Get Hard is an infuriating slog I’m more upset and repulsed by than I am anything else.
A Girl Like Her is arguably one of the more vibrant, electric and dynamically alive motion pictures I’ll see this year. It’s also one of the most important.
Little kids are undoubtedly going to enjoy it, and, for my part at least, I can’t imagine parents are going to even moderately despise the 90 minutes required to watch it sitting there next to them. But it isn’t like this is a movie anyone is going to be talking about afterwards, and it’s not like there aren’t better options – Cinderella and Paddington both come to mind – still playing at the local multiplex. Still, Home (2015) is hardly a disaster, and while it didn’t steal my heart, it certainly kept it warm enough that I was hardly displeased walking out of the theater after it had come to an end.
Taken all together, it’s hard to understand how the film, an adaptation of Ron Rash’s Depression-era novel, could ever go wrong. All the same, this movie is close to disastrous, and while production values are high and performances are strong, sitting through all 109 minutes is virtually impossible.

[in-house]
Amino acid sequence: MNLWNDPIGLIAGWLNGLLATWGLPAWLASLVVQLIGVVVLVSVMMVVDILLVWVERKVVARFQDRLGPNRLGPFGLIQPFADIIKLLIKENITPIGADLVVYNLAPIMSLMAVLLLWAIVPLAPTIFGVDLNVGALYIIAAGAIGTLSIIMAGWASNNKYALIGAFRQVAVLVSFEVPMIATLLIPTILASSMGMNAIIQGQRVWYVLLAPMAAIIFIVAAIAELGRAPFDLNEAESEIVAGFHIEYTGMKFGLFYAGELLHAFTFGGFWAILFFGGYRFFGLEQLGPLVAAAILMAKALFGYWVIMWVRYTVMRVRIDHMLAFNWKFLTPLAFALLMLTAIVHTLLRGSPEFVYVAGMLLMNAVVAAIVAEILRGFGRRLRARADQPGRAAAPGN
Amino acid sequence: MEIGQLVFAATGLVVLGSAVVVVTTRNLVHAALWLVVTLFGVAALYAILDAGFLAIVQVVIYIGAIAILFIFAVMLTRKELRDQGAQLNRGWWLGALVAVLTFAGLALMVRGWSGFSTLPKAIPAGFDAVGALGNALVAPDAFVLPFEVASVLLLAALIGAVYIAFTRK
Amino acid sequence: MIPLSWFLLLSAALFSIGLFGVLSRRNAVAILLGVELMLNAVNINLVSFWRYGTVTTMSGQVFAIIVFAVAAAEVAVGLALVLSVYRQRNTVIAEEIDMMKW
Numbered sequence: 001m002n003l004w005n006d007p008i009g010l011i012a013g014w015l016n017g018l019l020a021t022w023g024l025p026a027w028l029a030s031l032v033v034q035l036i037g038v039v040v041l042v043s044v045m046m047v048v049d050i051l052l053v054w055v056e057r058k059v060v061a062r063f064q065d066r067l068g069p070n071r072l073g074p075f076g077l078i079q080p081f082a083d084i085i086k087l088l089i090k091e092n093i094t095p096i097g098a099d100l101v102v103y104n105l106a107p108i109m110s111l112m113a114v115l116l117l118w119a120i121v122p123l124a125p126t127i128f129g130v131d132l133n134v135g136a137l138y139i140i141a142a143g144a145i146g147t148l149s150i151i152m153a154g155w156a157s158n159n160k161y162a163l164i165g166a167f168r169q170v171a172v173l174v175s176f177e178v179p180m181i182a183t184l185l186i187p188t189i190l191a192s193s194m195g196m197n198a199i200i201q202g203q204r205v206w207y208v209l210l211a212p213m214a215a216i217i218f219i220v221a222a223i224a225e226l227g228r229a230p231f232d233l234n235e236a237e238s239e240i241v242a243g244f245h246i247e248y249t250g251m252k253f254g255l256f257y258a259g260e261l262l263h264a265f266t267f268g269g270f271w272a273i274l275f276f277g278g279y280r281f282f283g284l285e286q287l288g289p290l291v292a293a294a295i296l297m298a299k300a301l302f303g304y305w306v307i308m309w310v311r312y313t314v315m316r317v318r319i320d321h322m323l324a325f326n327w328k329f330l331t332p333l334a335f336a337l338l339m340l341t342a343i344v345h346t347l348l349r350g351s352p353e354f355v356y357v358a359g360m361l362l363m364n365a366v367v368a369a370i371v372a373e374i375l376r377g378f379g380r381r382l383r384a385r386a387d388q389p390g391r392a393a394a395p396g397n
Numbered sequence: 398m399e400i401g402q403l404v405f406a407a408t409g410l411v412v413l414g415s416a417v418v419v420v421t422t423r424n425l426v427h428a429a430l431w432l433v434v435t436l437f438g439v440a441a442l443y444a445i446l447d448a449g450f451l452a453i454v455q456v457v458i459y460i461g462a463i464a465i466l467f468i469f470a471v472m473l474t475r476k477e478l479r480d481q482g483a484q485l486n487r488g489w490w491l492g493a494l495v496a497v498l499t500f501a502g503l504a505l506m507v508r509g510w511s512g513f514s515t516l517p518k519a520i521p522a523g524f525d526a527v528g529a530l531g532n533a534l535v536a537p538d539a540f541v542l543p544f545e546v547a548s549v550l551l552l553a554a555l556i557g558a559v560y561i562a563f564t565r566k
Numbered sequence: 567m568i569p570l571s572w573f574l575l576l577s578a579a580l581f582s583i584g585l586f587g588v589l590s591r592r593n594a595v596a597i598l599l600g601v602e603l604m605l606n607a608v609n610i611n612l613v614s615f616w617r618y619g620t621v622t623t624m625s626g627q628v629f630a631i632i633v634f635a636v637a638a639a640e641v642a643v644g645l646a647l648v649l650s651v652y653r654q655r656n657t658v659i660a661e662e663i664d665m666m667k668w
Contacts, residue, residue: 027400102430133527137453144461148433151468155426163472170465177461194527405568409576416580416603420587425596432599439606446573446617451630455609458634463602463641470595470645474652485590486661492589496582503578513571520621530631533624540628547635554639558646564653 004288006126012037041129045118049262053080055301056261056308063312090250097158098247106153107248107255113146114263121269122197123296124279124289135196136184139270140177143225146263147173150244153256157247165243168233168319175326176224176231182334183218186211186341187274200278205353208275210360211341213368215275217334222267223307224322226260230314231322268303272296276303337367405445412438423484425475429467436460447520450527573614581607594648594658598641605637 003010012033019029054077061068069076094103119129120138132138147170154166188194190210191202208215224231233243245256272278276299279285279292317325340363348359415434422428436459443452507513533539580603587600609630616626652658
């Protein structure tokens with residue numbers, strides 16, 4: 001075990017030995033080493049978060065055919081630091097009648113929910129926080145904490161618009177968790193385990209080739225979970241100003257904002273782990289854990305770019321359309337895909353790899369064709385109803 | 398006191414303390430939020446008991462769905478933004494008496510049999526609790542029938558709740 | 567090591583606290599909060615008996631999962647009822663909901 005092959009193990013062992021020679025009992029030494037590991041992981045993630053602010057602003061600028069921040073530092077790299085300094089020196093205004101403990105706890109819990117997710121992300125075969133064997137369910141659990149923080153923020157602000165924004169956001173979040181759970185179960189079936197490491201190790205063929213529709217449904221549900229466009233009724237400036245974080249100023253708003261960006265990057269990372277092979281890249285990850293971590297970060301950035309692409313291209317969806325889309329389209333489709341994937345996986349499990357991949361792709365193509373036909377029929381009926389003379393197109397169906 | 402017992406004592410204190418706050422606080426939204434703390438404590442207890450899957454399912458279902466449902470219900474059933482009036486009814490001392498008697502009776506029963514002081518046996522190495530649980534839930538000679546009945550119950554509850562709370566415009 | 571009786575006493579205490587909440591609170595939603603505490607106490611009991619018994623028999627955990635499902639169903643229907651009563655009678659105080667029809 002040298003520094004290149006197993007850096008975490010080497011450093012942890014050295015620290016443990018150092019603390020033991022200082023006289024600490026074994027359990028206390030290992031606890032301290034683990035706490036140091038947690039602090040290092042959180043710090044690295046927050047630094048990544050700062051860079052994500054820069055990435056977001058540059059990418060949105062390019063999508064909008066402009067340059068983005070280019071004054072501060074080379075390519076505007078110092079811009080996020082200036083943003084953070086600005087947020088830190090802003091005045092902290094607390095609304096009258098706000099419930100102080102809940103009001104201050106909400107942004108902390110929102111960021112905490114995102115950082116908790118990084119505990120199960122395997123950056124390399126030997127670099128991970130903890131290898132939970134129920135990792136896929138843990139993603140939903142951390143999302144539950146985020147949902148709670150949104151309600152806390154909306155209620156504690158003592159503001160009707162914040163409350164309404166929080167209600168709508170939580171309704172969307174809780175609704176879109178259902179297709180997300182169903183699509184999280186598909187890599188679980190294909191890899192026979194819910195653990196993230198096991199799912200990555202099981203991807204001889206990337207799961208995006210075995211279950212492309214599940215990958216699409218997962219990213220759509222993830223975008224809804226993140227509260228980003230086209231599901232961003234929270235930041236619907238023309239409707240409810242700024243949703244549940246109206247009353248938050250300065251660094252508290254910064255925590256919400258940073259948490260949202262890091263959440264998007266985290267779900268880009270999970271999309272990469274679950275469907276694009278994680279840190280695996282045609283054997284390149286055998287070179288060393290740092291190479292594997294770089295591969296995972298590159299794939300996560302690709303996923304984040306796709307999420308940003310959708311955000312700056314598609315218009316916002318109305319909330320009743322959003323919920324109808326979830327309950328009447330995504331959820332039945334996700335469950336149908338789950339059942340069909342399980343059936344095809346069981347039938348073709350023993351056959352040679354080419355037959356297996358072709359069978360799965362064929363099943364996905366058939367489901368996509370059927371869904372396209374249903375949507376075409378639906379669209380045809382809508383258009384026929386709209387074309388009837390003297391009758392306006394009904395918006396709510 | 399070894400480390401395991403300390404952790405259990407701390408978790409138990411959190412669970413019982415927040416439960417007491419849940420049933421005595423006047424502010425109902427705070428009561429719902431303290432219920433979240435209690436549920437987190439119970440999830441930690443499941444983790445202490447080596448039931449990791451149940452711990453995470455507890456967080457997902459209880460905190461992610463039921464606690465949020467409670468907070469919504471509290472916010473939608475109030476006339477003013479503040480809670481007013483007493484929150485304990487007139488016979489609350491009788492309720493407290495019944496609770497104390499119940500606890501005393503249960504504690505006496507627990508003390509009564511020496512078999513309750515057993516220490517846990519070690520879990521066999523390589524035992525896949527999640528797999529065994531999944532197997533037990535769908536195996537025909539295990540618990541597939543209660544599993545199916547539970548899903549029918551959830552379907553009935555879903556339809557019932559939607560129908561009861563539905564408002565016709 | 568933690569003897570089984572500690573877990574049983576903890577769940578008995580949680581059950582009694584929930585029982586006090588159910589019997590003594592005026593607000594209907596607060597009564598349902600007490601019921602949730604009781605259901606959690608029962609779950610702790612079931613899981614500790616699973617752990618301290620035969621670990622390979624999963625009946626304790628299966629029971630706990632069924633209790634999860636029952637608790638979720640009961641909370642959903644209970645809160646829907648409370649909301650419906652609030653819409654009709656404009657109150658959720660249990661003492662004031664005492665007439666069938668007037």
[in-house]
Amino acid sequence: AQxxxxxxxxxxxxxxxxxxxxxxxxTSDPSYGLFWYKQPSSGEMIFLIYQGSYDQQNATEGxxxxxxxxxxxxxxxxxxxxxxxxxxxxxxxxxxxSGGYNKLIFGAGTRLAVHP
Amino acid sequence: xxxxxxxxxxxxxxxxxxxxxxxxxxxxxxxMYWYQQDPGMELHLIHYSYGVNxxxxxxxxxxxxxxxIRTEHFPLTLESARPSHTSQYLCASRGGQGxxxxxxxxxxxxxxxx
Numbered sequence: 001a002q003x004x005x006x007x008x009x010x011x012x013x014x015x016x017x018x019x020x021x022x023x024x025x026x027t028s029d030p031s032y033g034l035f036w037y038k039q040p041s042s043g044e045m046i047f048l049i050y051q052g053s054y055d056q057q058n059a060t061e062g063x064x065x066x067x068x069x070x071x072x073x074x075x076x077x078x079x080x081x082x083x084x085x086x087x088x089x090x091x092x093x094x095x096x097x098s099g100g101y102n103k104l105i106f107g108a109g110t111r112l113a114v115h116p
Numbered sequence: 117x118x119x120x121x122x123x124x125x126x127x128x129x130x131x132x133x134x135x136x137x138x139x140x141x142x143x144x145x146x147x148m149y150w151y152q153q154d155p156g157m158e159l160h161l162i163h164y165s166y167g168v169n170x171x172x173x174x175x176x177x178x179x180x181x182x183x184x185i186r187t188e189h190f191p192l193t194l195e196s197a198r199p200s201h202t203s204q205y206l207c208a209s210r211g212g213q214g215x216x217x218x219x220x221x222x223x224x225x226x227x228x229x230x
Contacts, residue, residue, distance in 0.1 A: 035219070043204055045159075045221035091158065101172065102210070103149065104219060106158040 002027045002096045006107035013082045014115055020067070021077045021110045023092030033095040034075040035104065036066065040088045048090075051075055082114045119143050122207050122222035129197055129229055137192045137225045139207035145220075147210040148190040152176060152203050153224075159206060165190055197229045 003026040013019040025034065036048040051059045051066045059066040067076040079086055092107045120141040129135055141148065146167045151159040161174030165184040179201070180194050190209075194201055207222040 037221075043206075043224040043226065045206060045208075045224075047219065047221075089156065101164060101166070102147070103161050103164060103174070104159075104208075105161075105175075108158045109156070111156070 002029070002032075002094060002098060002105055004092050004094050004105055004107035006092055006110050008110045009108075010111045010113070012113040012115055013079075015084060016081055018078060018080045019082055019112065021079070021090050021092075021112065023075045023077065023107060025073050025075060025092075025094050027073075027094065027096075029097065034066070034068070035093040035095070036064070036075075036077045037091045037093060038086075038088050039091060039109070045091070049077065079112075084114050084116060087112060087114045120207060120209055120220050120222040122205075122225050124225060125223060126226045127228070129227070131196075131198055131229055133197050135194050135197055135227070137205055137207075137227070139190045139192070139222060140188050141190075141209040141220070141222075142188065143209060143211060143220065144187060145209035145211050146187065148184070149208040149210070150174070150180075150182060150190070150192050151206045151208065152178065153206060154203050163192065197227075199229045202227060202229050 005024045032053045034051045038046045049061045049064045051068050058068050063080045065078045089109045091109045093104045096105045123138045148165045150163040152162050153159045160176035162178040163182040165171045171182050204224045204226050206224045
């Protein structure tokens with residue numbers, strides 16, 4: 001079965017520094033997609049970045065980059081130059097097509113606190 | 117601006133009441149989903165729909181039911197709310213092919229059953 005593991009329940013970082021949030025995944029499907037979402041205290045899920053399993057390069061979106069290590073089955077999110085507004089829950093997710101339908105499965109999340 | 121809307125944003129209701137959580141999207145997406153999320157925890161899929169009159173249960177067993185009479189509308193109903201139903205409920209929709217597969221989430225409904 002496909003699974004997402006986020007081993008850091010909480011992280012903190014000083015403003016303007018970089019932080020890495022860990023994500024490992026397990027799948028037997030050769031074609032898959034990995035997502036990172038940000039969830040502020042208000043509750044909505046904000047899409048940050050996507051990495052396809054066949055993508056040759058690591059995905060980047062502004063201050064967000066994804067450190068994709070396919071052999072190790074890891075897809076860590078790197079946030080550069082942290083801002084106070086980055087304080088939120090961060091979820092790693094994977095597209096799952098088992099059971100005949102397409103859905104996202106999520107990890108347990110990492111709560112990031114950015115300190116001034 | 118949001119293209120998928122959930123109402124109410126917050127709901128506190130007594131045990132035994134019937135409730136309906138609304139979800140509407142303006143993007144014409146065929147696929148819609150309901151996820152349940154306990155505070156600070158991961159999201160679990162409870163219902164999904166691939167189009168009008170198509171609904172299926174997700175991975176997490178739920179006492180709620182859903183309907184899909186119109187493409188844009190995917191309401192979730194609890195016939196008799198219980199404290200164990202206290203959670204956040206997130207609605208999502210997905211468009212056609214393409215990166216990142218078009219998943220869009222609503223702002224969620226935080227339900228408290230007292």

While The Divergent Series: Insurgent isn’t a disaster, while it’s far from horrible, that doesn’t make it a success.
The Gunman is too serious to work as giddy action pulp and too stupid to resonate as a ticking clock drama and as such it’s nothing more than an unfortunate misfire that utterly fails to satisfy.
“I think I’m pretty realistic. I’m lucky to be able to do what it is I do for a living and I want to keep doing it. You have to have some caution and you have to be aware of what people think but at the same time you can’t design your entire career around trying to keep everyone happy.”
f a dream is a wish your heart makes when you’re half asleep, then Disney’s live action take on their animated classic Cinderella (and, much like that 1950 favorite, it only utilizes the most basic of elements found in Charles Perrault’s adaptation of the timeless fairy tale) is the blissful fruition of that hopeful fantasizing.
A stunning piece of cinema, It Follows is a darkly bleak sojourn into adulthood that’s more than just your run-of-the-mill genre entry, Mitchell crafting a modern American masterpiece of disaffected youth dealing with the repercussions of their revolt that will undoubtedly stand the test of time.